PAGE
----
Conclusions of UNCTAD XII ministerial meeting have stresse d the immense potential created by growing trade and investment links within the developing world, spurred by the emergence of dynamic developing economies, such as China, India and Brazil.
The Accra Accord called for such ties to be encouraged and reinforced, particularly through regional integration and the reduction of barriers to such South-South trade.
These include practical matters, such as export finance and transport infrastructure, which traditionally have been geared much more towards North-South trade.
While welcoming the strong economic growth rates that global trade and investment flows have brought many in the developing world, UNCTAD XII cautioned that these advances have not been shared by all and have been accompanied by new difficulties, most notably the current crises in food prices and financial markets, as well as growing income inequalities.
In this regard, the Accra Accord emphasized the urgency of meeting the needs of least developed countries, many of which are in Africa. “Nearly half of all African countries have not been lifted sufficiently by the recent economic recovery, although they have made efforts to face the challenges of globalization,” the Accord said, stressing that their growth rate did not increase in the period 2000-2006 as compared with 1995-2000, or else it remained below three per cent.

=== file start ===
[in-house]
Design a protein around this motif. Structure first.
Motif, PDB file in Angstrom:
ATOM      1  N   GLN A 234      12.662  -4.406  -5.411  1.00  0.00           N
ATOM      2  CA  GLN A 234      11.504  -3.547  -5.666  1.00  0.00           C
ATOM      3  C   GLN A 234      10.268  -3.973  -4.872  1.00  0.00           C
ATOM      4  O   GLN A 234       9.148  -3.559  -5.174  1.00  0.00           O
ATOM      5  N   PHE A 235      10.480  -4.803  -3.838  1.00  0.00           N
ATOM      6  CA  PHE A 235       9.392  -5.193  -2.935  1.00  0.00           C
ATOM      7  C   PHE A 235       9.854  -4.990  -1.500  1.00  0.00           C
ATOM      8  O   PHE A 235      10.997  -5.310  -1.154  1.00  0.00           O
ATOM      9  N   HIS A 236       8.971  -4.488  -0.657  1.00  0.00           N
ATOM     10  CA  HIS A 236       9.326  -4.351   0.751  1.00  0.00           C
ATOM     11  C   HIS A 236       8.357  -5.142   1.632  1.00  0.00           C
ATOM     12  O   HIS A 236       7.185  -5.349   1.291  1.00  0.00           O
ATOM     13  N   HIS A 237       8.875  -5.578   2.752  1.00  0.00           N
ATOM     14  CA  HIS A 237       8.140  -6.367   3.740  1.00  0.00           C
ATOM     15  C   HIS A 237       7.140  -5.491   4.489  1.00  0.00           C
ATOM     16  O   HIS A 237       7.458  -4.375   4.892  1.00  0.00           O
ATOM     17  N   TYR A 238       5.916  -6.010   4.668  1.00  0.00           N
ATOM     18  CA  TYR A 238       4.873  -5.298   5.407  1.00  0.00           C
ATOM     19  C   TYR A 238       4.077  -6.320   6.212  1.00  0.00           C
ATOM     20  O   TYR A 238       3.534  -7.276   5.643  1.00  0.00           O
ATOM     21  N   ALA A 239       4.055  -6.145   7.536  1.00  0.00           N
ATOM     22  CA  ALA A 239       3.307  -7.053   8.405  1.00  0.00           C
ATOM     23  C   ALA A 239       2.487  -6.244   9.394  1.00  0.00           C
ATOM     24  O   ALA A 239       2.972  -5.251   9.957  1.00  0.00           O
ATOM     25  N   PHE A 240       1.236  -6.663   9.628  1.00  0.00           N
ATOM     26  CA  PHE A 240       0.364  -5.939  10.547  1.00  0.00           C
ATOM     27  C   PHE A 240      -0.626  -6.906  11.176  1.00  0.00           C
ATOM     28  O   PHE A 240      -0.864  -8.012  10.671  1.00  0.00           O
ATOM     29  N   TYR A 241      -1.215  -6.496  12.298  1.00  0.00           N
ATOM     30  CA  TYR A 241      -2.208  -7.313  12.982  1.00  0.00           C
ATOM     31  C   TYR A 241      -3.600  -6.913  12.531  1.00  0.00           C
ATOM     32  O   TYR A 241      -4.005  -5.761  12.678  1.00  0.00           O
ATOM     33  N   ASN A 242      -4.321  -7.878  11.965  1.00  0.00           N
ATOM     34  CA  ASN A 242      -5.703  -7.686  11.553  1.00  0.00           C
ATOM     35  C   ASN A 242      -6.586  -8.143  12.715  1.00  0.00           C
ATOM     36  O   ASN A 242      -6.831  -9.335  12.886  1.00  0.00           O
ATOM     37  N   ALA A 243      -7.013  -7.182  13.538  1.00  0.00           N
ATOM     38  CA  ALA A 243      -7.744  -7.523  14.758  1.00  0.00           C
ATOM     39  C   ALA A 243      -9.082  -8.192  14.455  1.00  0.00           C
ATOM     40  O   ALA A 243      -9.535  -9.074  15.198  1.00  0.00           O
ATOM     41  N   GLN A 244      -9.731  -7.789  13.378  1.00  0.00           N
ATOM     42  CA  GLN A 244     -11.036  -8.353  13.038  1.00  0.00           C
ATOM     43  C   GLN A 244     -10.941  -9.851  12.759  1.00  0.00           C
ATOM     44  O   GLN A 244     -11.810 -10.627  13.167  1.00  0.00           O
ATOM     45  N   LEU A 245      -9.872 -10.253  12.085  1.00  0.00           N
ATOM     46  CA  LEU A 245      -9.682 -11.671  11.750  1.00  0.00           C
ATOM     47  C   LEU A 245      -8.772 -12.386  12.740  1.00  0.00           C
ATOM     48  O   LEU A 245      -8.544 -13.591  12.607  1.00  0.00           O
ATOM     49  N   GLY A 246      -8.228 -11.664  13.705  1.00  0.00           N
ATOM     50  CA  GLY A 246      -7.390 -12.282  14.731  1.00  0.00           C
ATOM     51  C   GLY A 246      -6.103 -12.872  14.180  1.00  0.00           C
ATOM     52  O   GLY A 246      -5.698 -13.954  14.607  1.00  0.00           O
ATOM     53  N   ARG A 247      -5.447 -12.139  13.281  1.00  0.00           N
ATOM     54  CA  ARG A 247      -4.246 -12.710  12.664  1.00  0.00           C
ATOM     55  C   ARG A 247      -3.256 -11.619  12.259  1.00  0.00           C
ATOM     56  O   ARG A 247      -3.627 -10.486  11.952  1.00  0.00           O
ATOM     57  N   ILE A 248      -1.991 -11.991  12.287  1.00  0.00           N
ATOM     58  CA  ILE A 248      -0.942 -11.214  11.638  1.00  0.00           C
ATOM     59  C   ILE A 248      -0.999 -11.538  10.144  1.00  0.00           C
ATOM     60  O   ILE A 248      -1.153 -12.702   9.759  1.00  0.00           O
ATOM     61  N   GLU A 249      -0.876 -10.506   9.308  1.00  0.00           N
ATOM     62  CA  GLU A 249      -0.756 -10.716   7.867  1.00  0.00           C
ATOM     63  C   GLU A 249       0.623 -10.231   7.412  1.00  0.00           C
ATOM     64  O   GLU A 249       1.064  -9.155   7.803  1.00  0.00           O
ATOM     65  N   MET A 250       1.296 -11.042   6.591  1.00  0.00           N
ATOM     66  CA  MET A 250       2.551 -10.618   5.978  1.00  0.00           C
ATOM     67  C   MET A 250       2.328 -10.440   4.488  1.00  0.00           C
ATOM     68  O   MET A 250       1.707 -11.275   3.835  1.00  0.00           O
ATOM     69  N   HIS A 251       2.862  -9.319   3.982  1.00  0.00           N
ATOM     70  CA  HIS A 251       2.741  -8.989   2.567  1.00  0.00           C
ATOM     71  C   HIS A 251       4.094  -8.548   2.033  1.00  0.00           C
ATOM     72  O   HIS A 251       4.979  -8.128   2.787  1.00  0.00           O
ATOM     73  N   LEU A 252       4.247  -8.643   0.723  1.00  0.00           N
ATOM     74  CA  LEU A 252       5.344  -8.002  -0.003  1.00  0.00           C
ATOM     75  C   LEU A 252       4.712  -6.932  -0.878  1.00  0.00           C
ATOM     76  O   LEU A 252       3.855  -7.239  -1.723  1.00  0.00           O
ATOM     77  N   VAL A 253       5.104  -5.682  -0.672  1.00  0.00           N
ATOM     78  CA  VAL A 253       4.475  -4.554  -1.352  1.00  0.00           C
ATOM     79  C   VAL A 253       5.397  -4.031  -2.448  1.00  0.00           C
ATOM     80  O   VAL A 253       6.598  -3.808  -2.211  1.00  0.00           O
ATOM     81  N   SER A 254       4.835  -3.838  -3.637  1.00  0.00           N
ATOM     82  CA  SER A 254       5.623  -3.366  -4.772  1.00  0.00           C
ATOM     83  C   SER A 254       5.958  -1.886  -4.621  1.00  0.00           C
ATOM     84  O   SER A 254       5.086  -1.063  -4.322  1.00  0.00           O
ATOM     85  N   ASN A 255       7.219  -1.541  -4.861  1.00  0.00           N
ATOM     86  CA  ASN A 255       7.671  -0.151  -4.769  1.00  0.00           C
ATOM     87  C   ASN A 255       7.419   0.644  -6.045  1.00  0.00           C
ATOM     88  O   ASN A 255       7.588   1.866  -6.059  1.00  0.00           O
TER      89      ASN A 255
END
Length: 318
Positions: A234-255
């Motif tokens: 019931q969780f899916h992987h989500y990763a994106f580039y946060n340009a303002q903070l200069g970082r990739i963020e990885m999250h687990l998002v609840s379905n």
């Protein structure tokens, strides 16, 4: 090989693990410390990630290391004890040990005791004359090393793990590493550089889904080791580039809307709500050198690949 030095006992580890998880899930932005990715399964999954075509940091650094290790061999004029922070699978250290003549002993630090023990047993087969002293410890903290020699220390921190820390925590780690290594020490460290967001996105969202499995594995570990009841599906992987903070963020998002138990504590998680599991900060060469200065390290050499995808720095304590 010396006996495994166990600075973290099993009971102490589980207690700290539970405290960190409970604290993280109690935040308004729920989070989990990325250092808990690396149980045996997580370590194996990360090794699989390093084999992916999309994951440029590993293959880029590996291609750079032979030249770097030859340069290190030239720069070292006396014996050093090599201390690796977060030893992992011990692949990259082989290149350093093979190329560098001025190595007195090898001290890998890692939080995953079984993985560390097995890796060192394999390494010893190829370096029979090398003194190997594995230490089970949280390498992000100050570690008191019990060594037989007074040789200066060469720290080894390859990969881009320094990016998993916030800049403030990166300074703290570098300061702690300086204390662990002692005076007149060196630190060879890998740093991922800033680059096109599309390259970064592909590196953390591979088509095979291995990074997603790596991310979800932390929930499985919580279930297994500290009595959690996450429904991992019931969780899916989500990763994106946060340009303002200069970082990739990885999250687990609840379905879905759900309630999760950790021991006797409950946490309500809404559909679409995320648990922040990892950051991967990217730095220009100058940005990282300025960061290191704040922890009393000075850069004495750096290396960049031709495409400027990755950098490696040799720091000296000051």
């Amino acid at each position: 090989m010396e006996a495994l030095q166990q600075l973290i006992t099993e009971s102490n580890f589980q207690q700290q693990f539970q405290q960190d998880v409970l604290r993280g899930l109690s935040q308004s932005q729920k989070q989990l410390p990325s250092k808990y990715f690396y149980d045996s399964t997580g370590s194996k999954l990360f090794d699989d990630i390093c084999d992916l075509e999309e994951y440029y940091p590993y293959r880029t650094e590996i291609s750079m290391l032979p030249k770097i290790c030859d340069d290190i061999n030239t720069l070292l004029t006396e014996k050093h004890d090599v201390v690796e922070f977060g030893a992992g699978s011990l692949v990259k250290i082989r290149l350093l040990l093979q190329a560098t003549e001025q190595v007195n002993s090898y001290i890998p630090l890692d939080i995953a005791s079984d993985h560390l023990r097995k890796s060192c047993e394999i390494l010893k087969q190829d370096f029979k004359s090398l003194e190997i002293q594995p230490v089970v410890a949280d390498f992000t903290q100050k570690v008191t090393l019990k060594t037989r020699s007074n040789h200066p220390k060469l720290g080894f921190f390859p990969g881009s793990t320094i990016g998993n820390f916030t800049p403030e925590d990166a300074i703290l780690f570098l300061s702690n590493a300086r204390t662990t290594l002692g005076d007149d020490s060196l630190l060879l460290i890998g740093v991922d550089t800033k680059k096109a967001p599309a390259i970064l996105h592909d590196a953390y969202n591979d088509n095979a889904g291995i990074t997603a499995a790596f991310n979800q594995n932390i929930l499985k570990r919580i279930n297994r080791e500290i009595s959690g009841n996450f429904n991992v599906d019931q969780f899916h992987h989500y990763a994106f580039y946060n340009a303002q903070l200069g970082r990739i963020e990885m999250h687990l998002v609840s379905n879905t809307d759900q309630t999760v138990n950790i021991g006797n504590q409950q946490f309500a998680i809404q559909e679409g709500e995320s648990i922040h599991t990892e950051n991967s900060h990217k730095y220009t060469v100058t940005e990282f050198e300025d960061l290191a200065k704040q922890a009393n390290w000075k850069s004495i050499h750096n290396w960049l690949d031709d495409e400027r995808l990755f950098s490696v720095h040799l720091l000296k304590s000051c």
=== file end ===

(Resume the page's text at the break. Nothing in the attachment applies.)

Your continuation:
To this end, UNCTAD XII underscored the importance of diversifying economies away from dependence on one or two commodities, building the capacity to produce a wide range of goods, ensuring access to basic services and strengthening legal and regulatory frameworks and institutions.
The Accord also said that the policies should be tailored to needs of individual countries, while at the same time respecting international law. It stated that ” there is no one precise model for improved, growth-enhancing governance and institutions”.
At a time of economic slowdown in developed countries, UNCTAD XII signalled the increasingly prominent role that developing countries can play in fostering global economic stability.